Artist's Impression of Gaia
The European Space Agency's Gaia spacecraft will create a three-dimensional map of the Milky Way, revealing information about its composition, formation and evolution. The mission will measure the position for about one billion stars in our galaxy and local group, with radial velocity measurements for the brightest 150 million objects. Gaia will launch in 2013 on a five-year mission, with a possible one-year extension. (This gallery was updated with new images on Nov. 15, 2016).
Gaia First Sky Map
This all-sky view of the stars in our Milky Way galaxy, as well as neighboring galaxies, take center stage in this sky map by the European Space Agency's Gaia satellite during its first year of operation.
Gaia first map of Milky Way
An annotated version of Gaia's first map of all of the stars in and around the Milky Way galaxy.
Gaia Test Image
A Gaia test image of the young star cluster NGC1818 in the Large Magellanic Cloud. This image was released on Feb. 6, 2014. [Read the Full Story Behind This Image Here]
Deployment of Gaia's DSA
The Gaia Deployable Sunshield Assembly (DSA) is seen during deployment testing in the S1B integration building at Europe's Spaceport in Kourou, French Guiana, on October 10, 2013.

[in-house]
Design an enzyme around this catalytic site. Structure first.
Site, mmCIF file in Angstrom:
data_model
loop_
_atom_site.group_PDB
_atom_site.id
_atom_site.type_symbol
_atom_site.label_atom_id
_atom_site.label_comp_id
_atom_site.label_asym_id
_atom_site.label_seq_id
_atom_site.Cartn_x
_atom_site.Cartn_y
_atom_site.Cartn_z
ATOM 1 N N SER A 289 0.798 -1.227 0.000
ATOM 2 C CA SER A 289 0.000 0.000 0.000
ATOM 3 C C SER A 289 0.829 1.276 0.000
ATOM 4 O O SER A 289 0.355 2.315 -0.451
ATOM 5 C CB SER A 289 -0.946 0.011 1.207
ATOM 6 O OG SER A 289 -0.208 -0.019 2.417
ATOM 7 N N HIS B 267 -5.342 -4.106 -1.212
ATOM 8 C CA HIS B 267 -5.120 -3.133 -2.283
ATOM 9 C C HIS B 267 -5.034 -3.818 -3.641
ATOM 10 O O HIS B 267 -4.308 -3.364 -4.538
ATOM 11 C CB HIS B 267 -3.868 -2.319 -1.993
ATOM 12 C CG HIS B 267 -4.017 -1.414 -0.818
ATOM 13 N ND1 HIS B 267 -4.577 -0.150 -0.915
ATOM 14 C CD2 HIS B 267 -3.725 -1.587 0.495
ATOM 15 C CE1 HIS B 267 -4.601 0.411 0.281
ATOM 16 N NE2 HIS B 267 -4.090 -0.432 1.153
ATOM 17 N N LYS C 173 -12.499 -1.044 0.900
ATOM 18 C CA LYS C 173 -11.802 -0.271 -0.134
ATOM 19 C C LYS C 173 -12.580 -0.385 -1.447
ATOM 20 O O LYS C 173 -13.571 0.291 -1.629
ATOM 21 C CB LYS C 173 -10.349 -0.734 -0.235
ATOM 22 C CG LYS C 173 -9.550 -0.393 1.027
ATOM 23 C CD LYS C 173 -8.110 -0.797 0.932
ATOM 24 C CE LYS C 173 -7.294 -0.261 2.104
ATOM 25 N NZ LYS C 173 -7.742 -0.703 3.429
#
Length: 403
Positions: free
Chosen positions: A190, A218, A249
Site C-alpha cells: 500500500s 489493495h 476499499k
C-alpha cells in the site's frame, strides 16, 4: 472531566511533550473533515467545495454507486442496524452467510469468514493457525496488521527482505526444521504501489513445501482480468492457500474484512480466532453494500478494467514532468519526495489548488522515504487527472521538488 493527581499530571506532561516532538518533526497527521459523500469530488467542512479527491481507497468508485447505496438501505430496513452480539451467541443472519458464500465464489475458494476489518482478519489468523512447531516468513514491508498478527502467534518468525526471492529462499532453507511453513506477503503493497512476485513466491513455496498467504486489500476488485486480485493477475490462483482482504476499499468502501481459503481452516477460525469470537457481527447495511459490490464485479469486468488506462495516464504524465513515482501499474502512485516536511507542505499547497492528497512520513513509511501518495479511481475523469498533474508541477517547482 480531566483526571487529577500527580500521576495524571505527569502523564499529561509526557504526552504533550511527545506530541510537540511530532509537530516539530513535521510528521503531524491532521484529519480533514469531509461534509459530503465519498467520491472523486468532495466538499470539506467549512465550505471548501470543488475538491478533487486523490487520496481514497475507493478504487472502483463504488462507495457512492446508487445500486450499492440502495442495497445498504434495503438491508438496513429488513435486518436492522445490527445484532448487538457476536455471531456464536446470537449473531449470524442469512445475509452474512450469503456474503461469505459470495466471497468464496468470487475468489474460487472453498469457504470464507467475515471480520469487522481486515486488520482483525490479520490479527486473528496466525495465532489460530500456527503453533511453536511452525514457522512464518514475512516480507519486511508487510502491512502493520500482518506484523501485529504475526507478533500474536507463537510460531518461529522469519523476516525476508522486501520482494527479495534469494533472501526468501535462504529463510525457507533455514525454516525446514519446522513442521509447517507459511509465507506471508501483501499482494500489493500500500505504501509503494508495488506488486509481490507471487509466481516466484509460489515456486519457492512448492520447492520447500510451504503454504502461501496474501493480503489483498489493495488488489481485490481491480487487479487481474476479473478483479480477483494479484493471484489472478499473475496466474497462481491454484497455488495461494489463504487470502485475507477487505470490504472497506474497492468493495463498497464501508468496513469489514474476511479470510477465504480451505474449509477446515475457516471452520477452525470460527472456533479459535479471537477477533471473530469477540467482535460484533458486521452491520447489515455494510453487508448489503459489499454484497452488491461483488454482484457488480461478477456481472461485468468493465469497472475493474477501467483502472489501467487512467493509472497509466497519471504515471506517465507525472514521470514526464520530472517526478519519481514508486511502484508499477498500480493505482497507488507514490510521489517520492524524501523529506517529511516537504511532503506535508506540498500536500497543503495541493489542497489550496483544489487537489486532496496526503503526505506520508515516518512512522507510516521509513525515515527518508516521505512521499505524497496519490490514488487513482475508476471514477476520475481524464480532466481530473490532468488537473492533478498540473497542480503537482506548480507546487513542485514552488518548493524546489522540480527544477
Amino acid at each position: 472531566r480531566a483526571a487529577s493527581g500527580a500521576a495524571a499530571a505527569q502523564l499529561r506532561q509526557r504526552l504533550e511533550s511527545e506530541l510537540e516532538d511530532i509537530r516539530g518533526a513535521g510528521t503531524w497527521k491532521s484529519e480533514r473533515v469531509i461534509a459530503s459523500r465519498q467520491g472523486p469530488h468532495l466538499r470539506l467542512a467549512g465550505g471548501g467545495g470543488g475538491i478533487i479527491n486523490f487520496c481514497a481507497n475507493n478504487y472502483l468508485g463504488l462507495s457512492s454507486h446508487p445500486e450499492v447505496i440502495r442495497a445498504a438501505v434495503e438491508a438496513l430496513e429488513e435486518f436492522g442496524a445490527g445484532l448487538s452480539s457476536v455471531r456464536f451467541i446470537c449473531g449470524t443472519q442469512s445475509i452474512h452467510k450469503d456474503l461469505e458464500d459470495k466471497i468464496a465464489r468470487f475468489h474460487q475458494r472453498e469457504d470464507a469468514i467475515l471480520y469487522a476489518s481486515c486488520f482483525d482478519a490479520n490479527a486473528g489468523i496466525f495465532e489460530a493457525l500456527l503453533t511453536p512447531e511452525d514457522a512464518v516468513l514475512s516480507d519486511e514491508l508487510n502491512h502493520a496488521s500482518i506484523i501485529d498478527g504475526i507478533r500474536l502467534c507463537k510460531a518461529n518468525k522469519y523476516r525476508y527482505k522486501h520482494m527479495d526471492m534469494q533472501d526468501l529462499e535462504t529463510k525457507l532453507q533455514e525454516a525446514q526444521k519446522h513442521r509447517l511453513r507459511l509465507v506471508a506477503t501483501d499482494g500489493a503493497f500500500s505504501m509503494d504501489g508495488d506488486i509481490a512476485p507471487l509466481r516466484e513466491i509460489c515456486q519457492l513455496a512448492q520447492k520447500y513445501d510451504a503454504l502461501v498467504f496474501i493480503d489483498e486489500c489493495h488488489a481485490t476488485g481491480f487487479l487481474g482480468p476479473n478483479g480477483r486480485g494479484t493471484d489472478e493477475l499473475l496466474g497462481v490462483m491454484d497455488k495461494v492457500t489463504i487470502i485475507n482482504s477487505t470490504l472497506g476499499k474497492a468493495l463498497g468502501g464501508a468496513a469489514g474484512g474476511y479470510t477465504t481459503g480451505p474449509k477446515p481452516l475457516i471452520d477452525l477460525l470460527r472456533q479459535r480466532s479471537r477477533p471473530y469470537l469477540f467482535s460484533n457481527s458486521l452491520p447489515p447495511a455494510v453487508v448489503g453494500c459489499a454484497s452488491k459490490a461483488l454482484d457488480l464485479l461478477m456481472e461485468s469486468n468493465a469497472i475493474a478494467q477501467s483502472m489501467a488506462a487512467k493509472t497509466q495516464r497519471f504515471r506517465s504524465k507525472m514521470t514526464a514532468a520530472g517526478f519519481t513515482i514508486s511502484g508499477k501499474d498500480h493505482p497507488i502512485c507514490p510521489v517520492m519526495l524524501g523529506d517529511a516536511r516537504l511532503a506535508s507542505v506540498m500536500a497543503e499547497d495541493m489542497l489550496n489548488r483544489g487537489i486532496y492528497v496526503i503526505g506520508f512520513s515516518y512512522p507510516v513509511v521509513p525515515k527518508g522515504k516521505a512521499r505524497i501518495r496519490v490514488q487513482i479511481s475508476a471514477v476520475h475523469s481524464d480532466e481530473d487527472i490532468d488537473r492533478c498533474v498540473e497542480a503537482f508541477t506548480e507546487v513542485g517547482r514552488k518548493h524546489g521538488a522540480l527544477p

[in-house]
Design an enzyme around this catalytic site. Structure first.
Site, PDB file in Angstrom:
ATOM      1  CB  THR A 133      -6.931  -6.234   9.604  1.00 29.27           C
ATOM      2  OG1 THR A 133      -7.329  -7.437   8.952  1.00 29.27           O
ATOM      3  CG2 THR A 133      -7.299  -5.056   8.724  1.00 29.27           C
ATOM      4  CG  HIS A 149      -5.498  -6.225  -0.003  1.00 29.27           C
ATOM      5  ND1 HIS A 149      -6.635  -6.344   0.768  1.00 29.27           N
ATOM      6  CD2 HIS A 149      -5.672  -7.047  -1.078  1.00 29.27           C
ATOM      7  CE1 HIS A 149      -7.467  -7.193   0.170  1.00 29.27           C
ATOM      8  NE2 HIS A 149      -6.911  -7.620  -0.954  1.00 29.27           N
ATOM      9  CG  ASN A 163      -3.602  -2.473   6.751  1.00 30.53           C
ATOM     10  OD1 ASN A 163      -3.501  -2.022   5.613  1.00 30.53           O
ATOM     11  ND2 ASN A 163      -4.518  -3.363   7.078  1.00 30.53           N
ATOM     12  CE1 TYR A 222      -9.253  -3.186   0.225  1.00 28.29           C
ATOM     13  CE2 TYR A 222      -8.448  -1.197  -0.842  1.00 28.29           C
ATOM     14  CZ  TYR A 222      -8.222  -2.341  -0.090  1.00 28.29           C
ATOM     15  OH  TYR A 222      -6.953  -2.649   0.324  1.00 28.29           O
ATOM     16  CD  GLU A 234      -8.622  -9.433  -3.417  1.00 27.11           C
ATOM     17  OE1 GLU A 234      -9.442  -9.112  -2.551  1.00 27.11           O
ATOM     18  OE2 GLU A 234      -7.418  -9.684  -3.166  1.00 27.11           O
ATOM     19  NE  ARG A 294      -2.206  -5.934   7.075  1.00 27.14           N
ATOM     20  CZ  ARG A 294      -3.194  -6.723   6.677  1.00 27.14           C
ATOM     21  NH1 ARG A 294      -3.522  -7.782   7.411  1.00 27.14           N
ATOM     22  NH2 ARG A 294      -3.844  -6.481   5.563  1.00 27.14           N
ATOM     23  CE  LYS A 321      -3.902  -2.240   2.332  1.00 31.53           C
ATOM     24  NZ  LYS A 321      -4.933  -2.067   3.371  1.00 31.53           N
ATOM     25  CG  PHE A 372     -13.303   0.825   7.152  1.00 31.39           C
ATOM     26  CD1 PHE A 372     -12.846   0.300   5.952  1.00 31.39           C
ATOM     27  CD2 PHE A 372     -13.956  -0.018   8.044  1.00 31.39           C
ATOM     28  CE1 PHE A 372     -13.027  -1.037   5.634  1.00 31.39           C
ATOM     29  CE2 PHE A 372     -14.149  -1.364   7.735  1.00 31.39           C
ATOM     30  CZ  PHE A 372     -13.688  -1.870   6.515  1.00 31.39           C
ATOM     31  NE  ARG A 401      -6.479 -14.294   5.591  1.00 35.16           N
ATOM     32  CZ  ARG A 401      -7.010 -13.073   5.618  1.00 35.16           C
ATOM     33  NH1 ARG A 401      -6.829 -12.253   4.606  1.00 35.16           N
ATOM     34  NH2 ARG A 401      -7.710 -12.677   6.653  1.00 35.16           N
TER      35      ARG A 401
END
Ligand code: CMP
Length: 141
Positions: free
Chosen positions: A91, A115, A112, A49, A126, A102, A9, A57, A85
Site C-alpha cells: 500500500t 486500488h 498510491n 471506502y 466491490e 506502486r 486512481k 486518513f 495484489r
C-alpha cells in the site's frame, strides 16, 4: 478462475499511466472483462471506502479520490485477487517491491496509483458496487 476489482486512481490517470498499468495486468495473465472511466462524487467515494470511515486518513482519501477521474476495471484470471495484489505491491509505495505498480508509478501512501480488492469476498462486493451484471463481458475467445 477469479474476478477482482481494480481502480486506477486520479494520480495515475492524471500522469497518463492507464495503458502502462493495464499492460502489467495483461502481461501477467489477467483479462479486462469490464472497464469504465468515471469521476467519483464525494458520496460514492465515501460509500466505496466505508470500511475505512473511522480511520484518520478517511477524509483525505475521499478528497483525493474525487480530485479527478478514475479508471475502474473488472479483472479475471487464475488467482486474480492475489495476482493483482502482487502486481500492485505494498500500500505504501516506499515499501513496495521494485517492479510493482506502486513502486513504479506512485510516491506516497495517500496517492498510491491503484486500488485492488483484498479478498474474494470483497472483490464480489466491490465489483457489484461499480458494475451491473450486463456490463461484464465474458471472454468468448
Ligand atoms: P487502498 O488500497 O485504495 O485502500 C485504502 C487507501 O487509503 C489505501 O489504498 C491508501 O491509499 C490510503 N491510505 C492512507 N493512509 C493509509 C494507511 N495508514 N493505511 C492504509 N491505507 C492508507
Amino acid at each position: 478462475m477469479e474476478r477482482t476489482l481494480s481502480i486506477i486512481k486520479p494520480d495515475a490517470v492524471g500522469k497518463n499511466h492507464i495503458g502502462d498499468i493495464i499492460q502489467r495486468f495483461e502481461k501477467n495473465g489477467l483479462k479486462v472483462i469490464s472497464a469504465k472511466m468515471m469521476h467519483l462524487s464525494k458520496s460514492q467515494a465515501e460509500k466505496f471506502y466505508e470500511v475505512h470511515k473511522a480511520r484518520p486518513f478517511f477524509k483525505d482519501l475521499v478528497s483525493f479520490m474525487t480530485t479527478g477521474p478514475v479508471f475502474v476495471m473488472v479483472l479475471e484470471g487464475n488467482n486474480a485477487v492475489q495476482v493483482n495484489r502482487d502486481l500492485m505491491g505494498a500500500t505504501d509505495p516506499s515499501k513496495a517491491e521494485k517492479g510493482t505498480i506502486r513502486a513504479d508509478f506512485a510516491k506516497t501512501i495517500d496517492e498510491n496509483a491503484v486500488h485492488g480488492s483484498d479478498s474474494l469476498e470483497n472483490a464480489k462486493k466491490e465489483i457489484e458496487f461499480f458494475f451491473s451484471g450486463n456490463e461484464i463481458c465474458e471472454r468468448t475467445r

Gaia Spacecraft's Trajectory
This diagram shows how ESA's Gaia spacecraft will arrive at in orbit around the L2 Lagragian point.
Deployment of Gaia's DSA
The Gaia Deployable Sunshield Assembly (DSA) during deployment testing in the S1B integration building at Europe's spaceport in Kourou, French Guiana, on 10 October 2013.
Gaia in the CCU3 Container
Gaia must be transported in the Conteneur Charge Utile 3 (CCU3). This container is effectively a self-contained cleanroom.
Europe's Gaia Spacecraft Blasts Off
A Soyuz-Fregat rocket carrying the European Space Agency's galaxy-mapping Gaia probe launches from French Guiana on Dec. 19, 2013.
Engineer Almost Inside Gaia Spacecraft
Both Gaia transponders have been re-integrated in the spacecraft, re-connected, and functionally verified. After five days of intensive testing, all results were positive, allowing the re-installation of the solar array panels and of the multilayer insulation (MLI) blankets, which had to be removed for operator access. Kevin Downes, Astrium AIT mechanical engineer, is seen almost inside the Gaia spacecraft.
Gaia Spacecraft in Clean Room at Launch Center
In late August 2013, the Gaia spacecraft was unveiled in the clean room at the launch center of the European Spaceport in Kourou, French Guiana.